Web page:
As an actor, I was one color, but as a director you get to play with all the paints. I just love it. I love everything about it, pre-production, post-production. I’m just grateful that I got to it again.
ASIANCE: I was watching it so late, but I had to stay up to watch the ending. I thought, “Oh my god, how much more can this girl go through?”
Lily: HAHA I have seen that happen so many times. There are just problems and dysfunctions in a family and they are held together by a very fine thread. When that thread starts to unravel, things happen fast. I wanted to tell a little bit of reality. That is how life is. Things happen unexpectedly.
ASIANCE: Sometimes it’s hard to come back after you’ve fallen so hard. The more you keep falling, the harder it gets to come back up.
Lily: I do think it’s possible to come back from dire straits to a good life. So I hope if people can come away with that from my film that would be great….just knowing that there is hope.
ASIANCE: What did you want audiences to take away?
Lily: That there is always hope. Also, like you, people watch it with certain expectations but are surprised. I think that is often where ignorance, racism or bigotry starts, from expectations or not being familiar with people or certain aspects of life. Once you are exposed to it, you can understand it in a different way and you can accept it in a way that perhaps you hadn’t before.
ASIANCE: Sundance Feature Film Lab featured you as a finalist four times but you didn’t win. How did you manage to keep on going?
Lily: He who is still standing wins. Being an artist is all about persevering and understanding that people are chosen not necessarily for their talent or what they look like, but they just might not be right for the role. I let my expectations go, not obsess about it and then go on to the next one. Know that whatever is intended for you will come to you. I think I took that with me into the process of being a film maker. You do your best and let it go. You can’t try to control the outcome of the situation. All you have is control over you. Doing what you love and pushing forward. Having a full life outside of what you are doing, so it doesn’t become everything.
ASIANCE: Great advice!
Lily: You should always have recreation and hobbies and friends. A full life. Our lives are about having balance and a full life of interests.
ASIANCE: Do you ever think “Model Minority” will make it to a mainstream festival?
Lily: I hope so. I went to the Los Angeles Asian Pacific Film Festival. That was amazing. We won a few awards. It’s my hometown. We recently went to the Las Vegas Film Festival. That was great. I’m just beginning to get into the film festivals. I’m hoping to show at Asian American Film Festivals and some non-Asian Film festivals.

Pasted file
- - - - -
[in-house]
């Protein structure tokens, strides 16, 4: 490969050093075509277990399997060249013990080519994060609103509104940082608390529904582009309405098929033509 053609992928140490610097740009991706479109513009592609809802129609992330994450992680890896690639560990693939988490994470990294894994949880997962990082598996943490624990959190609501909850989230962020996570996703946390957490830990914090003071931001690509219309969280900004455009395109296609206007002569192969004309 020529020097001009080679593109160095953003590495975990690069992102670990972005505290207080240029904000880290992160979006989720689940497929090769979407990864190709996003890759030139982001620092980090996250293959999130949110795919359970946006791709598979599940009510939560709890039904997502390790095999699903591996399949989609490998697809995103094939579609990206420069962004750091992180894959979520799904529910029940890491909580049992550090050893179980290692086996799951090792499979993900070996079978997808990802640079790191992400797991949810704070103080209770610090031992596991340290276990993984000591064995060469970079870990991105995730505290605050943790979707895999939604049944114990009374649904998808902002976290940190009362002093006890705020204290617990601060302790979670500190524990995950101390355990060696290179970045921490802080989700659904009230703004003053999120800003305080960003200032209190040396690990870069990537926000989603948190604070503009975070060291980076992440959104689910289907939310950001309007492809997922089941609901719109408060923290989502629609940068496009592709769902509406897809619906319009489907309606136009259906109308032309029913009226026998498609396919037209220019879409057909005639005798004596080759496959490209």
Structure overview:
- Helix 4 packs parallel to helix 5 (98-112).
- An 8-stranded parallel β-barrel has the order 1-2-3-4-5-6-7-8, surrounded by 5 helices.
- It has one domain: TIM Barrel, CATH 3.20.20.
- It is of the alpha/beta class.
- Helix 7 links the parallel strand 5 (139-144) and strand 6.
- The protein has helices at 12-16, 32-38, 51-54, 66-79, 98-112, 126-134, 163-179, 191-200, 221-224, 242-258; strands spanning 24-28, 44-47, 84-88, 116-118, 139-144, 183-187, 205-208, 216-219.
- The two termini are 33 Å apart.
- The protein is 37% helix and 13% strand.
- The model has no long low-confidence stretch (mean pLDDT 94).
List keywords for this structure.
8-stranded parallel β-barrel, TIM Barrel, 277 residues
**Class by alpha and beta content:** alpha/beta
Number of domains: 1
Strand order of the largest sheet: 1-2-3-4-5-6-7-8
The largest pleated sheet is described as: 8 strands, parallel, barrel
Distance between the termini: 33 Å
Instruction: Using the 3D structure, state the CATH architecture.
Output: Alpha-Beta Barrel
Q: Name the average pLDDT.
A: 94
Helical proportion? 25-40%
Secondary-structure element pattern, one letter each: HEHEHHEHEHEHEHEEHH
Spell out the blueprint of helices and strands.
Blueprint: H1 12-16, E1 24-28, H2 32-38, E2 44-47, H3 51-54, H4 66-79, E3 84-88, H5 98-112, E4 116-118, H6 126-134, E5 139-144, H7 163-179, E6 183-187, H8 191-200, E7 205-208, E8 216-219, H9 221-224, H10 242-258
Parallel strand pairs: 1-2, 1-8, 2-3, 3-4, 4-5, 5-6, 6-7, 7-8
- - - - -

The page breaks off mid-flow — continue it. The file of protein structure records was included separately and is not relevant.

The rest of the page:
ASIANCE: Another film by an Asian American woman director is Janet Yang’s “Shanghai Calling”. Are you familiar? Do you know each other?
Lily: I know who she is. I’m not friends with her but would love to be friends with her. I think she’s amazing. A lot of these films here (Asian American International Film Festival – NYC) were in the LA Film Festival too. The other film I was interested in was “Seeking Asian Female” and “I’m a Ghost”.
We’re all following each other around.
ASIANCE: Is there anyone that you would like to work with?
Lily: I would love to work with Ken Watanabe. I think he’s an amazing movie star. I think Ryan Gosseling is amazing. Emma Stone is amazing. Of course, there is always Meryl Streep. There are just a bunch of amazing actors out there that I would like to work with.
ASIANCE: Are you working on another film?
Lily: Well, I’m starting to write my next feature. I started out my life as a dancer. I was in a small ballet company. My first little SAG gig was “The Best Little Whorehouse in Texas”. So I’d like to make a film about what it’s like to be a young artist and the kind of sacrifices you have to make. So I think my next film is going to have a lot of dancing in it.
Then, I was just hired by DGA ABC Disney Director’s Program! 15 of us were chosen to hopefully direct some ABC/ABC Family and Disney Television. It’s a diversity program because the statistics for women of color and women directors for television are appalling. The DGA and ABC are really dedicated to trying to put more of us in there. I was very honored to have been chosen to be part of this relatively new program, so I’ll be shadowing some ABC shows and television.
I’m really excited. It’s an amazing group of directors. We’ve bonded and have become close. We’re not in competition with each other. One of us does well, we all do well. We’re all cheerleaders for each other. It’s an amazing group of women and men cheerleaders.
ASIANCE: Did you learn anything in the process that you can share?
Lily: I got stopped by the police twice while we were filming on the street. I managed to get us out of a ticket. Somebody called and didn’t like what we were doing so our permit got yanked. You just have to be there and be brave. You have a film to make. Maybe the only thing I wouldn’t do again is wait too long. You have to just go out and do it. That would be my only regret, not doing it sooner. Now, I know that lesson, so I’m ready to do my next one.